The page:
This scene is to shock the audience by seeing Tom Hanks fall into space – and not even shock us that much because we’re trained from years of years of dream exposure in every medium to expect them. We see anything weird, anything go wrong and we automatically think dream.
In creating good entertainment that isn’t bogged down by its dreams, the audience and the storytellers form a trust that usually derives from disclaiming in some way that what we’re witnessing is a dream. The stories that try to play-off the scene as reality are always the ones to falter. These are closer to visions than they are to actual dreams, so unless it’s a fantasy-based narrative in which visions of the past and future are commonplace, they shouldn’t be in the story.
Dreams are chaotic and weird, either making no sense at all or jerking the viewer or reader from one place to the other. Alfred Hitchcock’s Spellbound has a scene designed by Salvador Dali (the artist behind the melting clocks in “The Persistence of Memory”) that truly encapsulates just how strange and wonky our dreams can be. And because the audience knows that it’s a dream, we can enjoy more thoroughly than us trying to guess whether or not the scene is a dream or bad trip.
Evolution of Dream Sequences
Now that developers and filmmakers and writers have access to more technology and are learning from lackluster reactions to other dream sequences, there’s an evolution of that form of storytelling – out of necessity.
When thinking of dreams in movies, there’s usually one particular film that comes to mind: Inception. Christopher Nolan took this film and confronted the audience with the idea that most of the movie is a dream, but that’s totally okay because we know that from the beginning and it’s the basis of the movie. He’s not tricking us into thinking that most of the movie is in reality, and because of that he has more freedom and opportunity to play around with the visuals within it.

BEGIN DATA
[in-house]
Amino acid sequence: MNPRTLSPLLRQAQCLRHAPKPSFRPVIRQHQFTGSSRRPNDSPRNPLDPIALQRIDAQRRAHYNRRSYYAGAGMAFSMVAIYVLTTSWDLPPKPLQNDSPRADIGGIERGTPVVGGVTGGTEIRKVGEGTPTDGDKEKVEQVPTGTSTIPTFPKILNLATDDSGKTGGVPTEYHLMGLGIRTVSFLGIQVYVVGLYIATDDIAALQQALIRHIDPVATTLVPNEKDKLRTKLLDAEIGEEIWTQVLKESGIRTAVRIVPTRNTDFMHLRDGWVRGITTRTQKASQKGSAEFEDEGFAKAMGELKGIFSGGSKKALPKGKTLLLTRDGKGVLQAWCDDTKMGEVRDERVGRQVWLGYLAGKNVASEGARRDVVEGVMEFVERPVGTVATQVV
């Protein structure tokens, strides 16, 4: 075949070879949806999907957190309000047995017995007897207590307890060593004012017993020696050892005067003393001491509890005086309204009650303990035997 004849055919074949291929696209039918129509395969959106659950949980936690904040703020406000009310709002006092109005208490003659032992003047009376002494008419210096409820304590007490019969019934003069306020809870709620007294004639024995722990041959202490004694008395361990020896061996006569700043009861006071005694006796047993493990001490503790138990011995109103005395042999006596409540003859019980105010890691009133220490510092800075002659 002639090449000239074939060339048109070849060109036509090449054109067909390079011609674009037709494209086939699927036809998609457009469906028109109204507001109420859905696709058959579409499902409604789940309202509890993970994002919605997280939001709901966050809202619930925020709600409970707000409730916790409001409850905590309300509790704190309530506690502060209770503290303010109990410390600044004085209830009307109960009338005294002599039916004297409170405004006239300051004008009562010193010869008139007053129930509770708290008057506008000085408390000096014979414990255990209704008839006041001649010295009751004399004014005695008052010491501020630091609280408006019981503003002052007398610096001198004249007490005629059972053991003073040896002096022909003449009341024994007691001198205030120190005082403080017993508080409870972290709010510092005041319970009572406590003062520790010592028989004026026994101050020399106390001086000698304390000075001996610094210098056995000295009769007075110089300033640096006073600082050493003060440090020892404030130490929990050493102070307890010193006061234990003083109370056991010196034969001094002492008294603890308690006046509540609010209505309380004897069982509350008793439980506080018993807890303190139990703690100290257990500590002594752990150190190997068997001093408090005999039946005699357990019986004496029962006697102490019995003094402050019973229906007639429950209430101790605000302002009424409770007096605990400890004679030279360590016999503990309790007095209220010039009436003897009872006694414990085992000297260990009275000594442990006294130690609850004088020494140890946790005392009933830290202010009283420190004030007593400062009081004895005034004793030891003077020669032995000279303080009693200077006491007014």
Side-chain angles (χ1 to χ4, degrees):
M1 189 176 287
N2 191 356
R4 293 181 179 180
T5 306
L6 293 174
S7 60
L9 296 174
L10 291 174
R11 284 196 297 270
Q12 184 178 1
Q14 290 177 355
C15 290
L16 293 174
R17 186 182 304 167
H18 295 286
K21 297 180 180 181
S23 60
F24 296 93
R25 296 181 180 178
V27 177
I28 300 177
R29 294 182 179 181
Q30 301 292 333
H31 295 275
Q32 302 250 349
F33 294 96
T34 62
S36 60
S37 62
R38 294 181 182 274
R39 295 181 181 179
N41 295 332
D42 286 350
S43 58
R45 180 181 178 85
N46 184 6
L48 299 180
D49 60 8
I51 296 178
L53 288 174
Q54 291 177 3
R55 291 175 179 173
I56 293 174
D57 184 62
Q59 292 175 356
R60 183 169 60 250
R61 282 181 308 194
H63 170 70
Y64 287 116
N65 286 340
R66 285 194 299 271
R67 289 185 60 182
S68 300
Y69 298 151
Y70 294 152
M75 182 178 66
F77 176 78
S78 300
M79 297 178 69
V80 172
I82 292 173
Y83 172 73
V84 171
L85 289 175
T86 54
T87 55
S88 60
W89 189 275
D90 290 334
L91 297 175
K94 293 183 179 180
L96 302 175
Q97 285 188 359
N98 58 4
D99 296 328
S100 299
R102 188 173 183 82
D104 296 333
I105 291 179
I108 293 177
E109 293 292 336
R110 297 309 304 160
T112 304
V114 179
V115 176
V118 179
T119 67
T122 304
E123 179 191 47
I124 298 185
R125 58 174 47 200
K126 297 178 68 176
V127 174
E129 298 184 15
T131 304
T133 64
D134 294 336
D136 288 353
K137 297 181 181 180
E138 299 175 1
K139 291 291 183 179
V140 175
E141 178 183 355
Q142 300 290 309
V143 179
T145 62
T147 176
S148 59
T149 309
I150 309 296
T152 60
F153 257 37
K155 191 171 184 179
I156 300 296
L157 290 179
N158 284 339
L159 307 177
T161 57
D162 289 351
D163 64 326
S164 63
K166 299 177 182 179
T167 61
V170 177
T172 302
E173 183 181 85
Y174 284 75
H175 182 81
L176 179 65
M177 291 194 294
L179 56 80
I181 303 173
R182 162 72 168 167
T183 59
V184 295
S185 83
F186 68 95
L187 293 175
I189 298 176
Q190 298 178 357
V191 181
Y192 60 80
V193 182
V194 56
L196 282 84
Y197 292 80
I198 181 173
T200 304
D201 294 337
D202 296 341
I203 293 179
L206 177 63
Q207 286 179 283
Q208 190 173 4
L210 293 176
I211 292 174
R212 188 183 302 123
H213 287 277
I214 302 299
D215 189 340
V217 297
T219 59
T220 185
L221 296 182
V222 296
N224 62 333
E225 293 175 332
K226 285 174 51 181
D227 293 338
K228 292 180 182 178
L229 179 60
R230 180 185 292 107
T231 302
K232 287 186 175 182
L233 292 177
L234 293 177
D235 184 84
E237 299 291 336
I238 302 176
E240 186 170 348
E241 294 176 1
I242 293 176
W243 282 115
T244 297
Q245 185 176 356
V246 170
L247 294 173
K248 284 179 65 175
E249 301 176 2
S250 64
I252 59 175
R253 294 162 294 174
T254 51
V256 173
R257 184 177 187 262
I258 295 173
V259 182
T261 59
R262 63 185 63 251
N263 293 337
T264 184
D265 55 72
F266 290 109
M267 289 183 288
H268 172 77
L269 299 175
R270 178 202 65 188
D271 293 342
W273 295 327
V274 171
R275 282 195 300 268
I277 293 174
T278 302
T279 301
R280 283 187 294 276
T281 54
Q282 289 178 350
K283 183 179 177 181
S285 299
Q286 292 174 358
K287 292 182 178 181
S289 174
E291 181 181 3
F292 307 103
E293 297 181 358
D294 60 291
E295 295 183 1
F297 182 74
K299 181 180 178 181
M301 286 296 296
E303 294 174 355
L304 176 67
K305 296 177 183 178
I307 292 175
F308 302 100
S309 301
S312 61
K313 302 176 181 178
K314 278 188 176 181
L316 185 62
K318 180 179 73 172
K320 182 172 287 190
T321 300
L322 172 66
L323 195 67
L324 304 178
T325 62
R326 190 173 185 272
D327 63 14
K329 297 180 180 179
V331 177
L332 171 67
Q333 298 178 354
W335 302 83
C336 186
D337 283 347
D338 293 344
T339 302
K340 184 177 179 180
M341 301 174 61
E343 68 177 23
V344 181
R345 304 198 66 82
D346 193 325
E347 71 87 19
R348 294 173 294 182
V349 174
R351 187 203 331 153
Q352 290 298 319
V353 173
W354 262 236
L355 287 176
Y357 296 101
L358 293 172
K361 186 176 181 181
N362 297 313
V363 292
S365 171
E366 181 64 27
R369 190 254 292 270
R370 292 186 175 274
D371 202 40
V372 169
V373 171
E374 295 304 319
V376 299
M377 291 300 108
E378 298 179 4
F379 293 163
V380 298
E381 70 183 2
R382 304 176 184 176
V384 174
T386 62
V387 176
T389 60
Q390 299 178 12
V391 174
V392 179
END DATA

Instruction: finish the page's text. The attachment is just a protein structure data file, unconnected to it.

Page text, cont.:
By signing off and saying that what we’re watching is a dream, we can fully enjoy it and creators can fool around and has as much fun as they want. There are plenty of good examples of films and video games and novels, like Eternal Sunshine of the Spotless Mind, that use dreams to their advantage.
Batman: Arkham Asylum uses Scarecrow’s fear gas to give us a fun and terrifying level that sees Batman jumping through floating, torn-down buildings with a 50-story high Scarecrow looming over the field.
And with the expansion of dreams within storytelling, we also have a less serious approach to the storytelling device. Comedies usually make for a successful execution of dreams because they aren’t illuminating to the depth of a character and they’re usually not very plot heavy, but the point of them is to make us laugh, which they do. In the case of Bob’s Burgers, Bob hallucinates from absinthe and the dream scene when he conks out in the kitchen even gives a nod to Hayao Miyazaki’s Totoro by playing out his hallucinogenic fantasies paralleled to the movie.
Because dream sequences do have their uses, well still continue to see them. We’ll also see the lazy attempts at character developments and hasty plot movers, but there will also be writers and directors and developers that can make them work and not make us wish that we were dreaming after watching it.